In the novel, when Burwell says the hatred and resentment “isn’t about you. It’s about the religion,” Khan’s response is:
“How would you feel if I justified what happened to your husband by saying is wasn’t about him but about his nationality—his country’s policies—damn shame he got caught up in, that’s all—but you know, he got what he deserved because he paid taxes to the American government. I get what I deserve because I happen to share a religion with a bunch of crazies?”
Burwell only hears “damn shame” and “what he deserved” and angrily concludes Kahn believes her husband was just “collateral damage…and bore responsibility and guilt simply because he was American.” But this is exactly what Kahn argues against. She simply doesn’t listen.
That is the point the novel makes. That is why it’s important to read. It makes us reflect on our reactions, misconceptions, and prejudices and realize we need to open to other people’s stories. We need to listen.
Sunday, March 3, 2013
I kept going back to this song this past month. The Gospel of Tree Bark, by singer, songwriter, and cellist, Anna Fritz (who is based in the beautiful Portland, Oregon)--what does that title and line of the song even mean? It sounds like a passionate environmentalist slogan mixed with a tacky religious greeting card. And the weirdness of the music video doesn't help. But somehow the song enchants you.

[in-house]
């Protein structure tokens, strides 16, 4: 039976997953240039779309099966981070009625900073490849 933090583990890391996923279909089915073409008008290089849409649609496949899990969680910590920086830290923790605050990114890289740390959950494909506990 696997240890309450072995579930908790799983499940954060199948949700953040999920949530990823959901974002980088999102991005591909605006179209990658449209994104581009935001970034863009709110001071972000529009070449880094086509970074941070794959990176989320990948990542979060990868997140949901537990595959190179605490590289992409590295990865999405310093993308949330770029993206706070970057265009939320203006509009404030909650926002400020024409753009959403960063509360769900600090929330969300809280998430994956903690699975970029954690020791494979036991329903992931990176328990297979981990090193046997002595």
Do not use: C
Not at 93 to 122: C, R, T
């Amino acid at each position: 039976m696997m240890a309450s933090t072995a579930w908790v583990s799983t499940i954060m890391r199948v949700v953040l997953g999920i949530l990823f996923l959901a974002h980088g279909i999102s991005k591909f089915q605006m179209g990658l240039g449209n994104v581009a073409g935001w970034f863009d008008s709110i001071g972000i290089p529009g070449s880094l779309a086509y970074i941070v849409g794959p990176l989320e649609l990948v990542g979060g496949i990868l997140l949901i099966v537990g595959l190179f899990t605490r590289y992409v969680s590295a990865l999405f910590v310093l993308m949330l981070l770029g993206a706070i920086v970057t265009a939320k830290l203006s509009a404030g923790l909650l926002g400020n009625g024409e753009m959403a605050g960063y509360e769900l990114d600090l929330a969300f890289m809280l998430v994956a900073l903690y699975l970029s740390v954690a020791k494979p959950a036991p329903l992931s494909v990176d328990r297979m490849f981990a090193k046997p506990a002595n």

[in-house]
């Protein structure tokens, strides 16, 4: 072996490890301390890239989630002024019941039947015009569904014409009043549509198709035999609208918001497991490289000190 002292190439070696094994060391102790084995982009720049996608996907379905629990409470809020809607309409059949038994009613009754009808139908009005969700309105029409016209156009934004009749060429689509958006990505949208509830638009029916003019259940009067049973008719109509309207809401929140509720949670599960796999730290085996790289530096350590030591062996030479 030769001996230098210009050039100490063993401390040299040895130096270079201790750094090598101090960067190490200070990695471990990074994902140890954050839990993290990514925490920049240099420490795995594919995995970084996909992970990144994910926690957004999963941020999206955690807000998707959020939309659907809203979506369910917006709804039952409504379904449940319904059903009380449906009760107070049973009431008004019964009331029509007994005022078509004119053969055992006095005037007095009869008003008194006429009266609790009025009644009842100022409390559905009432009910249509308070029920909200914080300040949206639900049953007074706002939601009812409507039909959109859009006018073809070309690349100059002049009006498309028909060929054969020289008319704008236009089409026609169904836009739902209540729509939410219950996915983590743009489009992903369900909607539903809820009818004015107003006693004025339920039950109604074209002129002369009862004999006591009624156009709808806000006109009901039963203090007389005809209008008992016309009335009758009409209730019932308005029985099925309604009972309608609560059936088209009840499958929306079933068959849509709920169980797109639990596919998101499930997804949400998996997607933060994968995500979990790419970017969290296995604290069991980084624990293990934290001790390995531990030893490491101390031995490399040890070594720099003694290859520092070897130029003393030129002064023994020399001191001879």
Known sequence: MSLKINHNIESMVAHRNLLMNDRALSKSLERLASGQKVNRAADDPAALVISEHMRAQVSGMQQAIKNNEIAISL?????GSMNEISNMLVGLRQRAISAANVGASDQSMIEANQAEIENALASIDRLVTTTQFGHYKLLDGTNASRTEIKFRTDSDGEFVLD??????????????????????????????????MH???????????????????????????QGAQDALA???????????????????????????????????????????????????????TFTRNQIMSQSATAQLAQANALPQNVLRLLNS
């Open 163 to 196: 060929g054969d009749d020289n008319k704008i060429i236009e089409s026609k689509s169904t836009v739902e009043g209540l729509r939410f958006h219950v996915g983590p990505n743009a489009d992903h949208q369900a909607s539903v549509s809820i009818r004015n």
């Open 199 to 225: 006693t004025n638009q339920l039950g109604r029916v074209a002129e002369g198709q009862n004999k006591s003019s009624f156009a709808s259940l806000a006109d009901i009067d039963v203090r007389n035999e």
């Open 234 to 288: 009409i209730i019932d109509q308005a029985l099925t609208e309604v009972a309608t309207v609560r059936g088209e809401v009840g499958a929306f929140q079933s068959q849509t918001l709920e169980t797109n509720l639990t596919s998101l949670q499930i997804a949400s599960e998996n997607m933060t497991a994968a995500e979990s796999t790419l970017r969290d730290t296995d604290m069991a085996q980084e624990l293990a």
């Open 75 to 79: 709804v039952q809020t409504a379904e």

The song is strange, mystical, almost childlike. The music video includes odd masks, a forest, and a really long string of bright red yarn. When I listen to the song, however, is resonates with me. It captures a feeling of loss. The sadness, the confusion, the helplessness. The desire to just blindly walk with no idea where you are going. The sense that something is off in the world--something is out of place, upside-down, disturbing.
The song is creepy and unsettling while also being uplifting and hopeful. With the creepiness, sad, and disturbing feeling in the song, there is also a fairy-tale quality. You become focused on the surreal women in masks. You are engrossed with the red yarn and where it is leading the woman. Where is it taking her. You witness a transformation from a woman following yarn to into a fairy-tale creature playing the cello in a forest. And then at the end she is being led again, the yarn tugging her finger, perhaps implying it is not where the yarn leads you that matters. The yarn doesn't lead anywhere. It eventually just ends. But it is about the journey of following the yarn. That's what the "gospel of Tree Bark" means.
It is about what you do, where you go, when the yarn runs out: "Life has gone on and will go one forever, and you're just a droplet, a small bean of light... " Realize that, and still go on. Realize you are no longer lead, and lead yourself. Realize you are lost in the woods, and dance.
"Life is a prayer in the gospel of Tree Bark," so pray, live--and see what happens.